Basic Principles

7 John Snow and the Natural Experiment

Historical Background

In a traditional experiment, the researcher maintains control over the organizational considerations of the methodology, but, to ensure that the experiment is unbiased, the researcher may randomly select participants from a designated larger population, and randomly allocate the selected participants to the various control and experimental groups.

The process is shown in Figure 7.1 below.

Figure 7.1 Random Selection and Random Allocation in the Typical Experiment

In the natural experiment, the researcher is merely the observer. While they may have decision making control with respect to identifying which areas of a population will be investigated, all of the efforts in enumerating the outcomes of the naturally selected and distributed participants, as well as the exposure to the suspected stimulus will occur aposteriori – after the fact.

The birth of epidemiology and public health is often attributed to the Natural Experiment described by Dr. John Snow in the mid-1800s when he investigated the relationship between drinking contaminated water and the incidence of cholera.

A natural experiment is defined as one in which the researcher has no manipulation of the stimulus or outcome but rather identifies the cohort of interest and the comparison control group, and then waits to observe outcomes in the identified groups.  In the measurement of the cholera outbreak of 1854 in London, England, Snow identified individuals that were patrons of two separate water companies (exposed versus not exposed to the stimulus: vibrio cholerae), and simply counted and compared the number of cases of cholera in each group of patrons.  In other words, he let the events occur naturally and without his direct influence on the stimulus or outcome.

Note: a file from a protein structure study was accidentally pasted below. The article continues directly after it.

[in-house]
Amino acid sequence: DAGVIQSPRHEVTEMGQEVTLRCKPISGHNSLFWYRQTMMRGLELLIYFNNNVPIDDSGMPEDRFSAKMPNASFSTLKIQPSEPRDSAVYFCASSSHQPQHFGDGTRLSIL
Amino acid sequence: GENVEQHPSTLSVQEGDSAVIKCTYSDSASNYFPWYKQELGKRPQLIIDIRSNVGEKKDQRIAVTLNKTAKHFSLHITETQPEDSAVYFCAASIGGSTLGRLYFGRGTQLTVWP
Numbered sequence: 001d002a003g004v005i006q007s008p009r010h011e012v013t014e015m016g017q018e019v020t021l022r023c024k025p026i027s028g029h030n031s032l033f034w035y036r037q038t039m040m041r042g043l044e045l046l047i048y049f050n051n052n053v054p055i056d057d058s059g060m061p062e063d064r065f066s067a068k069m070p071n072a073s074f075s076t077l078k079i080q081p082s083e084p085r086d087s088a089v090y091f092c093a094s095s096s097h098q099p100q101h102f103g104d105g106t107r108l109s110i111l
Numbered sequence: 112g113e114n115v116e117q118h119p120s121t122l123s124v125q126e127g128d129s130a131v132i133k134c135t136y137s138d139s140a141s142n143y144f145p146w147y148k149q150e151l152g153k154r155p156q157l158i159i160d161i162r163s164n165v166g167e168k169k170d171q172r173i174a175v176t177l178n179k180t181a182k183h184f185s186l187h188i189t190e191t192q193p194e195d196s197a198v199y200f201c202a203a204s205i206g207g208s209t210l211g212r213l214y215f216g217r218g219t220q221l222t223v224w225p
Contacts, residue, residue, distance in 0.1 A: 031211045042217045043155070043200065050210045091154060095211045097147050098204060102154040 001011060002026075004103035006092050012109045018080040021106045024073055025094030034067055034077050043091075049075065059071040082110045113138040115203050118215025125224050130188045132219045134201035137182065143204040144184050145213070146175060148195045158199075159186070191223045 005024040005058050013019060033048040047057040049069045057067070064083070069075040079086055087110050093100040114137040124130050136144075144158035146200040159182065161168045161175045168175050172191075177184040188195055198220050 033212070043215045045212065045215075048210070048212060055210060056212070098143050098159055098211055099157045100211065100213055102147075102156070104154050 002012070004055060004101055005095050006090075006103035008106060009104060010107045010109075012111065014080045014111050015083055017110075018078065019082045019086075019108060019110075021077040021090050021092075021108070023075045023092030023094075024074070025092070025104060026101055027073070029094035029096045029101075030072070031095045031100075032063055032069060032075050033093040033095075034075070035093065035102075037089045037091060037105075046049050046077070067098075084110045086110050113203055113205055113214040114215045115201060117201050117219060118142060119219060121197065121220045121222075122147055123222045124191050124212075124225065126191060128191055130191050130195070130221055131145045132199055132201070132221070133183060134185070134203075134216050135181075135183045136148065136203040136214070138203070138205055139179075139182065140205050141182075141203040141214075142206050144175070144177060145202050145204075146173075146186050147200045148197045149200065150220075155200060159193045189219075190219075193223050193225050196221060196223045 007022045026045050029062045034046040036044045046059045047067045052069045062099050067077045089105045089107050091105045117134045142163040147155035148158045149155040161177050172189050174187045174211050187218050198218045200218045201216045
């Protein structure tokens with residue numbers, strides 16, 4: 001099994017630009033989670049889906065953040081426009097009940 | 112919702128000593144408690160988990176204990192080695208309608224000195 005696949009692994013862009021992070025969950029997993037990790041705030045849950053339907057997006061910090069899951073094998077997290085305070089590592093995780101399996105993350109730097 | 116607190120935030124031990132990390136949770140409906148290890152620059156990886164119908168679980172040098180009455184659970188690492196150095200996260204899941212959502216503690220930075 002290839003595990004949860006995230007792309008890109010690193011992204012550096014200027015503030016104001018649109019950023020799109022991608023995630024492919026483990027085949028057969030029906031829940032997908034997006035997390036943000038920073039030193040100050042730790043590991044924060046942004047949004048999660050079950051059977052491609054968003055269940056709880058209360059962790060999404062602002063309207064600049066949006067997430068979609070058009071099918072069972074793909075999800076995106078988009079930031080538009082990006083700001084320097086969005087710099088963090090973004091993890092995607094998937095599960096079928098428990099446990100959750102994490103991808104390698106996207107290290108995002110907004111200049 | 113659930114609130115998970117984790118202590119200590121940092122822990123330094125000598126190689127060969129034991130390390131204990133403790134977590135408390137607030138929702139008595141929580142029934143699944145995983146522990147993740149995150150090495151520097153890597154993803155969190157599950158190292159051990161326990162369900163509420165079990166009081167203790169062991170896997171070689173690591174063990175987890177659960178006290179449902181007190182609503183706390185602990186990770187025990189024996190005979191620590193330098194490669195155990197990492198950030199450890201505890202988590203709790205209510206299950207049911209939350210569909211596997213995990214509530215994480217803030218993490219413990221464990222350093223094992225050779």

Figure 7.2 Dr. John Snow

About John Snow

John Snow (1813-1858) was a physician who lived and worked in London, England. In addition to his reputation as an anesthetist for Queen Victoria, he is also known as a pioneer in modern epidemiology. John Snow used the design of a natural experiment to demonstrate the causal association between the waterborne bacterium: Vibrio-Cholerae and the acute intestinal infection that led to widespread death in London during the early 1850s. During the 1830s there were various epidemics, which spread across Europe and although described as cholera, were attributed to social unrest and political upheaval.  A later widespread epidemic in 1848 led John Snow to publish a public health pamphlet that described the spread of cholera as being a waterborne infection.